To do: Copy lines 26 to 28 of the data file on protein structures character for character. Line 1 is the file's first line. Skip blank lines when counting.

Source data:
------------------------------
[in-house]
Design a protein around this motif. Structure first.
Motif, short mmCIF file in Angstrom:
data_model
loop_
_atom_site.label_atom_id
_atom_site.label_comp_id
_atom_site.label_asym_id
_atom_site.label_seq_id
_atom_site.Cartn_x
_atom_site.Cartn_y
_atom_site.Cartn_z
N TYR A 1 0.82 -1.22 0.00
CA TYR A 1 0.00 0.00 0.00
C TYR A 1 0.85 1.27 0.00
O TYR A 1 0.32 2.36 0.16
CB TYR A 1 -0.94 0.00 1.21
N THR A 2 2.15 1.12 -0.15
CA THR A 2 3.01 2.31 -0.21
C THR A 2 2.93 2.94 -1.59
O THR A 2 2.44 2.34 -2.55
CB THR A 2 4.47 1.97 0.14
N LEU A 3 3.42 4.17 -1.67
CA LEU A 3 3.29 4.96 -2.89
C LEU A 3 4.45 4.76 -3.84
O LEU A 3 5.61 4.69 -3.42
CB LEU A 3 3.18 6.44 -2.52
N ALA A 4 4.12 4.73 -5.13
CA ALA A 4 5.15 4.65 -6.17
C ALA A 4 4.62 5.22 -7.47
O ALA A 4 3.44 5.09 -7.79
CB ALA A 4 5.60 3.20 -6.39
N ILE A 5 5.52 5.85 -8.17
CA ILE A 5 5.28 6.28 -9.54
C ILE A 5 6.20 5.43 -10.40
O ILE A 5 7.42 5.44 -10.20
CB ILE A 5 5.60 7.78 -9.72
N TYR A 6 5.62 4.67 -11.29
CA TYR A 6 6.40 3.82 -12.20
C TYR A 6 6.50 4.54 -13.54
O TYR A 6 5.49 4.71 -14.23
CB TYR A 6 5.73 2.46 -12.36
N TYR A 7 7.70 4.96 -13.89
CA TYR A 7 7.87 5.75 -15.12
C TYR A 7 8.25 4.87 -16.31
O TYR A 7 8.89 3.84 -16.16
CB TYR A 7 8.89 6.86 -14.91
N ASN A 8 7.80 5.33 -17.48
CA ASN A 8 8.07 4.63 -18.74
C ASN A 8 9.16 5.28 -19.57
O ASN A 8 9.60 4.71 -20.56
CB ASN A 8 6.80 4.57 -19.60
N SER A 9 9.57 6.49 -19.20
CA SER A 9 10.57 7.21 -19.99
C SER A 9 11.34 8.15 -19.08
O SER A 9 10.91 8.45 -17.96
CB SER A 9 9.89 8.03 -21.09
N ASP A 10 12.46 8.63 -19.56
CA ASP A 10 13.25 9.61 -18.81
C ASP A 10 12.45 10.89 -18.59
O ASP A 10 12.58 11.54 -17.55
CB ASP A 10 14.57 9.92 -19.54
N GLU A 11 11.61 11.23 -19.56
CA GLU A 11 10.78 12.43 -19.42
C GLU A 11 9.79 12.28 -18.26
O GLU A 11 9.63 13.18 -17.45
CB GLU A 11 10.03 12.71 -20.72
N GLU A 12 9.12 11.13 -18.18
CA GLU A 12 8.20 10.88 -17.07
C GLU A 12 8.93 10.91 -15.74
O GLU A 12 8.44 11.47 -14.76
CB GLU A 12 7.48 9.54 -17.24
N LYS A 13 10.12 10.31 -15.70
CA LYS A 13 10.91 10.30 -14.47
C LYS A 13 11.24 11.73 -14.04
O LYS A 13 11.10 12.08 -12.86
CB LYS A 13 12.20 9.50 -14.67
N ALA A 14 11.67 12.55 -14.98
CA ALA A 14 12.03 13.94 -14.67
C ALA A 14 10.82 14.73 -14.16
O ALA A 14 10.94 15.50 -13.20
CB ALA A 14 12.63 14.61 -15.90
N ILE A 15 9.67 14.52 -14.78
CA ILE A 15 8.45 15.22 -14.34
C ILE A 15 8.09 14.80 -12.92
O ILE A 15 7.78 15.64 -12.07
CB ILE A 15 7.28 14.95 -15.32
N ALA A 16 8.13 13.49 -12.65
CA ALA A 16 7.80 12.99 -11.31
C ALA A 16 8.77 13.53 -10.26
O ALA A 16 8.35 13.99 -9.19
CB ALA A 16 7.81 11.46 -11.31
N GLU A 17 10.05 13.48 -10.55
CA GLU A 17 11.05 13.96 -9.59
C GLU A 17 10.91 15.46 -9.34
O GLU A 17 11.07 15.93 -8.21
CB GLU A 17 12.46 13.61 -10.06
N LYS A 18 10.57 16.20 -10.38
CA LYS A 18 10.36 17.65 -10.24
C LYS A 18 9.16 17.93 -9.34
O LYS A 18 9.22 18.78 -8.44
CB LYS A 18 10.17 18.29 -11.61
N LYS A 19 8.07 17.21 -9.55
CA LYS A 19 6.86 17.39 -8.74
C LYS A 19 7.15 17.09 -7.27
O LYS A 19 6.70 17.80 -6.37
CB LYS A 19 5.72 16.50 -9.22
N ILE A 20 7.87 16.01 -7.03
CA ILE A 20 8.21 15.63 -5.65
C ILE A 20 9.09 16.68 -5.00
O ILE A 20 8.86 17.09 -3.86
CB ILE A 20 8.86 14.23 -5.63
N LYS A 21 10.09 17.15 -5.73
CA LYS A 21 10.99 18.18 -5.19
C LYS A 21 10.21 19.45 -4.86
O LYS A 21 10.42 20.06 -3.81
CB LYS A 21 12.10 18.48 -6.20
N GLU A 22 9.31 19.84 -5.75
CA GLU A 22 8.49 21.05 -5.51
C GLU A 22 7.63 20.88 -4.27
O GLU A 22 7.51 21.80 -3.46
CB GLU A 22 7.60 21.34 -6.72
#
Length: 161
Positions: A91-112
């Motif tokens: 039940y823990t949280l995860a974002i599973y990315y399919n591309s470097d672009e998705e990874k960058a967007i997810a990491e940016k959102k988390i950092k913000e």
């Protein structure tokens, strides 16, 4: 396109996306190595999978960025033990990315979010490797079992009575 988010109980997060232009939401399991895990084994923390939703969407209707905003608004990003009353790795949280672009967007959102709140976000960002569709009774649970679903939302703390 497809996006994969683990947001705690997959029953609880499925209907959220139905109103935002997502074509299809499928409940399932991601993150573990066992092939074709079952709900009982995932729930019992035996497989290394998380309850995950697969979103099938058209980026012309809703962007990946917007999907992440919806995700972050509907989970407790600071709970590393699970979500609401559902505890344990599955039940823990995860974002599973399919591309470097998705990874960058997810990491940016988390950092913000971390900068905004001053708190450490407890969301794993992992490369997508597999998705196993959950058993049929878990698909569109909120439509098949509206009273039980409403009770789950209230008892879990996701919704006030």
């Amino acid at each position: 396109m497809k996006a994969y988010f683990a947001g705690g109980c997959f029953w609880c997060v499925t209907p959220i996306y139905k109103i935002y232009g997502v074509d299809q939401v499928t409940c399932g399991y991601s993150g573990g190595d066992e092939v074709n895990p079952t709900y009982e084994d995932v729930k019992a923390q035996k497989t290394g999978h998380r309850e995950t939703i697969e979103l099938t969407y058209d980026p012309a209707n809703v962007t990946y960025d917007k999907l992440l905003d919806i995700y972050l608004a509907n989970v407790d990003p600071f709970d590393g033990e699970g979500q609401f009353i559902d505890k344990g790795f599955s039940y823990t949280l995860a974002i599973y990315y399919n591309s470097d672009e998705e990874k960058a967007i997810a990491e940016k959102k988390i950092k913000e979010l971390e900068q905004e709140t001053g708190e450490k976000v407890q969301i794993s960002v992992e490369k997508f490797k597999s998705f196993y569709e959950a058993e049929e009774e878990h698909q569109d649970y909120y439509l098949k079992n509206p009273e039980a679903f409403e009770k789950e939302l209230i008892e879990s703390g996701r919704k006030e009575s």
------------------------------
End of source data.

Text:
O LEU A 3 5.61 4.69 -3.42
CB LEU A 3 3.18 6.44 -2.52
N ALA A 4 4.12 4.73 -5.13